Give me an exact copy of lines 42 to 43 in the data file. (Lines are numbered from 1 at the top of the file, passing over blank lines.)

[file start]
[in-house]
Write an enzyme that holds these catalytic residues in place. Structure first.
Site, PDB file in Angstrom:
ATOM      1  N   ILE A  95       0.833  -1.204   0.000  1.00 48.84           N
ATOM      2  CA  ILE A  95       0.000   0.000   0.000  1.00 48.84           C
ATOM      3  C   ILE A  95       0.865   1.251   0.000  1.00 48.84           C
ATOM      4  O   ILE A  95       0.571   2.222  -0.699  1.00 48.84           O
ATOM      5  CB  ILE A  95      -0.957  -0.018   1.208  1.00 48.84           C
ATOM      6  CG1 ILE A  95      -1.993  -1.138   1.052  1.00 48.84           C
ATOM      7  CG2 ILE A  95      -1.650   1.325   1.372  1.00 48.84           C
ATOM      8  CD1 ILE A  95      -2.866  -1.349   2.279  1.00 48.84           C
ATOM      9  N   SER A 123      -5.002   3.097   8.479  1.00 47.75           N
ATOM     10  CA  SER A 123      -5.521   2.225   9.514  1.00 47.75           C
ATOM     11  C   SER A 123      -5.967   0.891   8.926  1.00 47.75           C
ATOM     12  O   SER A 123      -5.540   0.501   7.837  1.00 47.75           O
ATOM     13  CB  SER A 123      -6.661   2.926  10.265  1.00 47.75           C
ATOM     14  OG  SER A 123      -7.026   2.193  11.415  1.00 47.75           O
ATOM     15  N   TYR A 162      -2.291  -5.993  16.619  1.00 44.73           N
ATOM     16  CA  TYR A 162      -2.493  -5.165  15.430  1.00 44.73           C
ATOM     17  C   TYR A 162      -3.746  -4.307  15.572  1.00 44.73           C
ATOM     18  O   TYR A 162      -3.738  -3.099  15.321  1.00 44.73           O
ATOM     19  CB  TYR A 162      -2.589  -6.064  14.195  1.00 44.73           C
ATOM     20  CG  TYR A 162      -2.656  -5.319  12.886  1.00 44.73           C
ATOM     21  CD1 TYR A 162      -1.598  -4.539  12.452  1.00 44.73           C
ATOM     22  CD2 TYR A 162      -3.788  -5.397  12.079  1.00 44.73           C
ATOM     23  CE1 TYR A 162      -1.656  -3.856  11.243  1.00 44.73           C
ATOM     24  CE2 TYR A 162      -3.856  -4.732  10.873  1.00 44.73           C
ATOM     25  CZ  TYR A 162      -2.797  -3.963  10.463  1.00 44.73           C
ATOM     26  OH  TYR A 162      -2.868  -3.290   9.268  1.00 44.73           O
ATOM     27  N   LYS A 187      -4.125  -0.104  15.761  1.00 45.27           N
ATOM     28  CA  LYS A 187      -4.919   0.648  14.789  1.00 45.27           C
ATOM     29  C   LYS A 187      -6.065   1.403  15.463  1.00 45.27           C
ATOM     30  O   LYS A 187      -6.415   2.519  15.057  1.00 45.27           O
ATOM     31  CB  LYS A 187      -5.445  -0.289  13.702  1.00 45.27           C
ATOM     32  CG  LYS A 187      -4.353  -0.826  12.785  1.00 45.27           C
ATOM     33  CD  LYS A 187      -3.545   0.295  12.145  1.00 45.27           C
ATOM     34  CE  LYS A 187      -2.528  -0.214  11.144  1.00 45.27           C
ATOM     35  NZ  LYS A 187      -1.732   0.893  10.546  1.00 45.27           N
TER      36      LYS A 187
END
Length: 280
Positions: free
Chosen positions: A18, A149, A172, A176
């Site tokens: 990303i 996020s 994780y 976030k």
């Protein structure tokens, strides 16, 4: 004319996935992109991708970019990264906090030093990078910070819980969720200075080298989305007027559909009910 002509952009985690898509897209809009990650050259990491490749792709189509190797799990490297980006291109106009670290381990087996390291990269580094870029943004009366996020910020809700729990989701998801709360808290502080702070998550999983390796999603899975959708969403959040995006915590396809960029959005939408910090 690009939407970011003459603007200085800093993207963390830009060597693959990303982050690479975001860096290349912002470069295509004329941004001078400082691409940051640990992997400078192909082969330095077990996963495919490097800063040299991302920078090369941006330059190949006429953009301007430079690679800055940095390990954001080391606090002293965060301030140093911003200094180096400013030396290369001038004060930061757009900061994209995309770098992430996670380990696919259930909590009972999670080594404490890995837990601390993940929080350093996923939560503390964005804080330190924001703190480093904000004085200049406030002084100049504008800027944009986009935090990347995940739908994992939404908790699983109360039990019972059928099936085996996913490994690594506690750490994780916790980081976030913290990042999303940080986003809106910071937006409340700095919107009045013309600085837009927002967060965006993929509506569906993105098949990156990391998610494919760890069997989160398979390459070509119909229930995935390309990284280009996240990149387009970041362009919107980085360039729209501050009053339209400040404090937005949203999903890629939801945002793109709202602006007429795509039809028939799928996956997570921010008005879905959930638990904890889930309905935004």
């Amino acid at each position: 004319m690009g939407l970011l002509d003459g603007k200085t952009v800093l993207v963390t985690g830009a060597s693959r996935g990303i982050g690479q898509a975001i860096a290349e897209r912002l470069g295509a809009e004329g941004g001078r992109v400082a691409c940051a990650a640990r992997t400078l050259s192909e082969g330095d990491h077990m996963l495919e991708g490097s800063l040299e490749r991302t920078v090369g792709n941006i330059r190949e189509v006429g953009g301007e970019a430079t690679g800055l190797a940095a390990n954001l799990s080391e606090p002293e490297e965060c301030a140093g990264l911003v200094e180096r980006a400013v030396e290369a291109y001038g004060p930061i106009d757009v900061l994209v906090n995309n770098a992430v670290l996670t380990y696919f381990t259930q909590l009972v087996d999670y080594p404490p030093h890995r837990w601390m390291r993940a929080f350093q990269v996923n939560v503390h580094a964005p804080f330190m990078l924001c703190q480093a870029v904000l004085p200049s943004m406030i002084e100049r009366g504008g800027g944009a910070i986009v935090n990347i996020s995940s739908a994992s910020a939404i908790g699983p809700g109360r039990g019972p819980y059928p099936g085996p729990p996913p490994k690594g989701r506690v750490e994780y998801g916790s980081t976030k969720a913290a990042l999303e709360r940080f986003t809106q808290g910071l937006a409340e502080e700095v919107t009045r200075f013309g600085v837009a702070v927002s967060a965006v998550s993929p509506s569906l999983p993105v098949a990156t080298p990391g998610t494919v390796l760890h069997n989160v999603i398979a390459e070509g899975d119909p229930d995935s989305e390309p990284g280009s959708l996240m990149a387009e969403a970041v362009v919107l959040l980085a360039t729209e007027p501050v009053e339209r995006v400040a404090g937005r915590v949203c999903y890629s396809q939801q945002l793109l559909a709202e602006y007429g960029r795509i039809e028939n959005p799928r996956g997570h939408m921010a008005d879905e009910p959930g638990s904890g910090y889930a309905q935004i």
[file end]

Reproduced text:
Positions: free
Chosen positions: A18, A149, A172, A176